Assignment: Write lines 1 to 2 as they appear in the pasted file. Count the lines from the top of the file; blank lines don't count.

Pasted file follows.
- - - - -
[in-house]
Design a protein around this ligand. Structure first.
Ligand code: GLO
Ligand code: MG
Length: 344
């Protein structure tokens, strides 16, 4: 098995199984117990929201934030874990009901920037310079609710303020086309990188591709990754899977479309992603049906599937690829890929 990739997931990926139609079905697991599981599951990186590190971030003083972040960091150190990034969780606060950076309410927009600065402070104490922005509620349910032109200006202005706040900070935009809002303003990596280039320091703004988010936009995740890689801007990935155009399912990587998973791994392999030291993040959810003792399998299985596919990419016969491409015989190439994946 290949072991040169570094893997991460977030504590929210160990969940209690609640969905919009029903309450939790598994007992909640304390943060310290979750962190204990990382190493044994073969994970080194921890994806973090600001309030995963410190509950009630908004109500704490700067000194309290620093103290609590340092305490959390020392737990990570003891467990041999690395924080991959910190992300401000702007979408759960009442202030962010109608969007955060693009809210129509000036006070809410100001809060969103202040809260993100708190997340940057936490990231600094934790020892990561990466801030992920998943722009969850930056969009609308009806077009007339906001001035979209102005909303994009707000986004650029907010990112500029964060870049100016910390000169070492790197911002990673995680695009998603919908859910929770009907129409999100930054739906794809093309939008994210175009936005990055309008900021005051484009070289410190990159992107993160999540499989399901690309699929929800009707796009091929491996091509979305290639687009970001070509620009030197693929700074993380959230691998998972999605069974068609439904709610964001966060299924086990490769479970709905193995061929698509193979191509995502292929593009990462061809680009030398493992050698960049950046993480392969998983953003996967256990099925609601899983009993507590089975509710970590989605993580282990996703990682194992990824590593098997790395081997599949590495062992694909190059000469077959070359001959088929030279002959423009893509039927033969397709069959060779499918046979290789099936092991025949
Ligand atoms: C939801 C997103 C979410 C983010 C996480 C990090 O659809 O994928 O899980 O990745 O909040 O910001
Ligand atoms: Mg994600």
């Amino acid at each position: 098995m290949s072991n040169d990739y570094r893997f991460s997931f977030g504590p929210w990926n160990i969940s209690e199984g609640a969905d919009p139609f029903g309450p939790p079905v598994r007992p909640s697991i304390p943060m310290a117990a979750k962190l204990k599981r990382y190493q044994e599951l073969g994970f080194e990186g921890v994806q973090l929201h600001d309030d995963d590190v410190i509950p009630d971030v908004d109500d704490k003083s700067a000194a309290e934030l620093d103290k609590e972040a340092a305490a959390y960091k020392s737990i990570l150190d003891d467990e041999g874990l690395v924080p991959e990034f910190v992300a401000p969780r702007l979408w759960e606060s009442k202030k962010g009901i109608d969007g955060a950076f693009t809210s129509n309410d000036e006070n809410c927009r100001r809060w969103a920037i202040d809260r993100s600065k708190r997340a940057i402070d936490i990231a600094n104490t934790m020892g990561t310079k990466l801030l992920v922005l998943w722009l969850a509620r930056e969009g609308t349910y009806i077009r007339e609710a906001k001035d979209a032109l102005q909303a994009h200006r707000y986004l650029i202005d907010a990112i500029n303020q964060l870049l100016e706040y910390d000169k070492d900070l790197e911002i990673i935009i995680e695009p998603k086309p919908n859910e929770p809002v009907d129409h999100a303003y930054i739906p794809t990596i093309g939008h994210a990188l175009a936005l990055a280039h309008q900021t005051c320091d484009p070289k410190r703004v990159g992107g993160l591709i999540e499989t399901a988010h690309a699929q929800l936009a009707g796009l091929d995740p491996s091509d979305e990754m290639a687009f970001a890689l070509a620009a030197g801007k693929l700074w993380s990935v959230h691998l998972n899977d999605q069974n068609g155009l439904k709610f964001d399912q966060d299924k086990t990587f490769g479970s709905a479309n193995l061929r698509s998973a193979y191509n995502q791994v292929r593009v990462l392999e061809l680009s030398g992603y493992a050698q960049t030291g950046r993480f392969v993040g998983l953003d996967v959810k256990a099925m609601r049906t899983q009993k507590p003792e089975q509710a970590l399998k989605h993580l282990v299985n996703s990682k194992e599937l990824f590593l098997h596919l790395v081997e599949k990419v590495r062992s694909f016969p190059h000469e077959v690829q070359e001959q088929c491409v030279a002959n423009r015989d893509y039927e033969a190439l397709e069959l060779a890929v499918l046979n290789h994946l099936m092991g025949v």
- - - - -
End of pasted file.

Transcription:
[in-house]
Design a protein around this ligand. Structure first.